D. D. Palmer founded chiropractic in the 1890s and his son B.J. Palmer helped to expand it in the early 20th century. A chiropractor is a profession that focuses on the diagnosis, treatment, and prevention of mechanical disorders of the musculoskeletal system. Chiropractors emphasize manual therapy including spinal manipulation and other joint and soft tissue manipulation. Traditionally, it assumes that a vertebral subluxation or spinal joint dysfunction can interfere with the body's function and its innate ability to heal itself.
Chiropractors obtain a first professional degree in the field of chiropractic. The U.S. and Canada require a minimum 90 semester hours of undergraduate education as a prerequisite for chiropractic school, and at least 4200 instructional hours (or the equivalent) of full‐time chiropractic education for matriculation through an accredited chiropractic program. Upon graduation, there may be a requirement to pass national, state, or provincial board examinations before being licensed to practice in a particular jurisdiction. Depending on the location, continuing education may be required to renew these licenses.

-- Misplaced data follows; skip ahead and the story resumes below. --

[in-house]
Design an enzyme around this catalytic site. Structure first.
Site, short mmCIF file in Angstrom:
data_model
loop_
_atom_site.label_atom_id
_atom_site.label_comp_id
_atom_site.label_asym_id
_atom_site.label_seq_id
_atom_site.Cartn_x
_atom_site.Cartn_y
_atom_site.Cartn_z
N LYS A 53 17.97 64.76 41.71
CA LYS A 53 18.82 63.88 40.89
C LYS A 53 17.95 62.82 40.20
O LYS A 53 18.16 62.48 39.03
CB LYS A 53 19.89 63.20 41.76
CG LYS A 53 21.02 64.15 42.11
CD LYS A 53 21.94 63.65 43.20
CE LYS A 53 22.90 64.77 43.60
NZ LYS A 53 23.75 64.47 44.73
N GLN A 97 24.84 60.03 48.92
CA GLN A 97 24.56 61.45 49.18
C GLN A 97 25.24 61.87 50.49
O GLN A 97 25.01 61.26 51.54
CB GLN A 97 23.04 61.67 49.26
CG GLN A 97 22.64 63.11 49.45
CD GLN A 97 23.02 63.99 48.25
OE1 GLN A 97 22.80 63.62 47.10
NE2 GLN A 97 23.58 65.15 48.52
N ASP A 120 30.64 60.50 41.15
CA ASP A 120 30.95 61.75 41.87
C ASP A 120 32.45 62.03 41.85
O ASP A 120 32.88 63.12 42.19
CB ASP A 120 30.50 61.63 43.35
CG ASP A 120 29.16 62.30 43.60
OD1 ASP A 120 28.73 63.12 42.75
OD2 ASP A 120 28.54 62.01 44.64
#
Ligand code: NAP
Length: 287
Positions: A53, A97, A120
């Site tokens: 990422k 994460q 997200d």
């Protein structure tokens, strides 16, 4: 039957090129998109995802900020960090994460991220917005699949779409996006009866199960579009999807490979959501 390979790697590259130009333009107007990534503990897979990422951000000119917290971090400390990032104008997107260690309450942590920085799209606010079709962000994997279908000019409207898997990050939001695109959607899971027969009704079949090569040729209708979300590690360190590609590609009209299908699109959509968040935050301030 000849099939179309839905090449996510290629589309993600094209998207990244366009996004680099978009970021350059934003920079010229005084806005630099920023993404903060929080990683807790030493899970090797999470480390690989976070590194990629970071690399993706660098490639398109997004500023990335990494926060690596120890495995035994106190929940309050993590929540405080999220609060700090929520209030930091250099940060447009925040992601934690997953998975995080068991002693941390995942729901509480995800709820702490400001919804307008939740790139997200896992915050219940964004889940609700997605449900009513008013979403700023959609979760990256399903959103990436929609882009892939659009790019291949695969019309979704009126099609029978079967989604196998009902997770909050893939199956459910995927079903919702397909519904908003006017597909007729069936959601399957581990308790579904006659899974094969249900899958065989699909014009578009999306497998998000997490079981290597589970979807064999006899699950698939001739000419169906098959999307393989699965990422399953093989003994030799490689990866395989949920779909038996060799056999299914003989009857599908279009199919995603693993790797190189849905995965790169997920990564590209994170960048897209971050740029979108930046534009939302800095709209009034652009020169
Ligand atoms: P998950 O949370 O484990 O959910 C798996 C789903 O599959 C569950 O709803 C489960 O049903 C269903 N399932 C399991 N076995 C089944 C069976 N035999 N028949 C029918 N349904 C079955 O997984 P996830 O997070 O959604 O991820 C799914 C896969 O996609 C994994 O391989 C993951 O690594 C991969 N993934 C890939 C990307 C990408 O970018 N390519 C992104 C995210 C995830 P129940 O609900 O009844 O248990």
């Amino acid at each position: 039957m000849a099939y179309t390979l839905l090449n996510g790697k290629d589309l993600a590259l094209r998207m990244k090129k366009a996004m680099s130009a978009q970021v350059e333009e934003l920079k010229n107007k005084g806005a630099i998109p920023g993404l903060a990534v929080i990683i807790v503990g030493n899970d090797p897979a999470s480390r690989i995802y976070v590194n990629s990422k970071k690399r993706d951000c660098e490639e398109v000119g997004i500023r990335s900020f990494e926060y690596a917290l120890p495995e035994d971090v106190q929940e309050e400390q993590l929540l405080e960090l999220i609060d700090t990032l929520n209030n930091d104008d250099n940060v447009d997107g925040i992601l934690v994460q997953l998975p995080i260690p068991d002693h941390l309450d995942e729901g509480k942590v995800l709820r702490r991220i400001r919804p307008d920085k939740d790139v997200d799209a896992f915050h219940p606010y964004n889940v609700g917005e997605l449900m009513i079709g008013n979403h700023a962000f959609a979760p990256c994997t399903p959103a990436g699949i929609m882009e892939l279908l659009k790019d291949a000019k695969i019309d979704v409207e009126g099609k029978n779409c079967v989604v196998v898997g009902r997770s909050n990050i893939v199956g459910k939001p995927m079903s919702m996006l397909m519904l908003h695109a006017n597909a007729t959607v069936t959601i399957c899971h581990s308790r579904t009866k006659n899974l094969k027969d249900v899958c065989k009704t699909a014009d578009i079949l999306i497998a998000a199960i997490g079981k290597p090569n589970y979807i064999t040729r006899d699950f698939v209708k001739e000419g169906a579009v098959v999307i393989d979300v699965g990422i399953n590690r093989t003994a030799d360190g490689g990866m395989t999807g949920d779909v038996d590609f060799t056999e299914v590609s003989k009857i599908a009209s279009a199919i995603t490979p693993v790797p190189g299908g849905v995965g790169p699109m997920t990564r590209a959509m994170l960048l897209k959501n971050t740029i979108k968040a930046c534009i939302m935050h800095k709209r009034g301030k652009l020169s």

Right now this occupation is in high demand. The middle 50 percent earn between $45,710 and $96,500 a year. There are 85,000 chiropractors in the world among all these, 65,000 live in the United States.
Spinal manipulation, which chiropractors call "spinal adjustment" is the most common treatment used in chiropractic care. Spinal manipulation is a manual maneuver during which a three-joint complex is taken past the normal physiological range of movement without exceeding the anatomical boundary limit; its defining factor is a dynamic thrust, which is a sudden force that causes an audible release and attempts to increase a joint's range of motion. There are several schools of chiropractic adjustive techniques, although most chiropractors mix techniques from several schools. The following adjustive procedures are used by...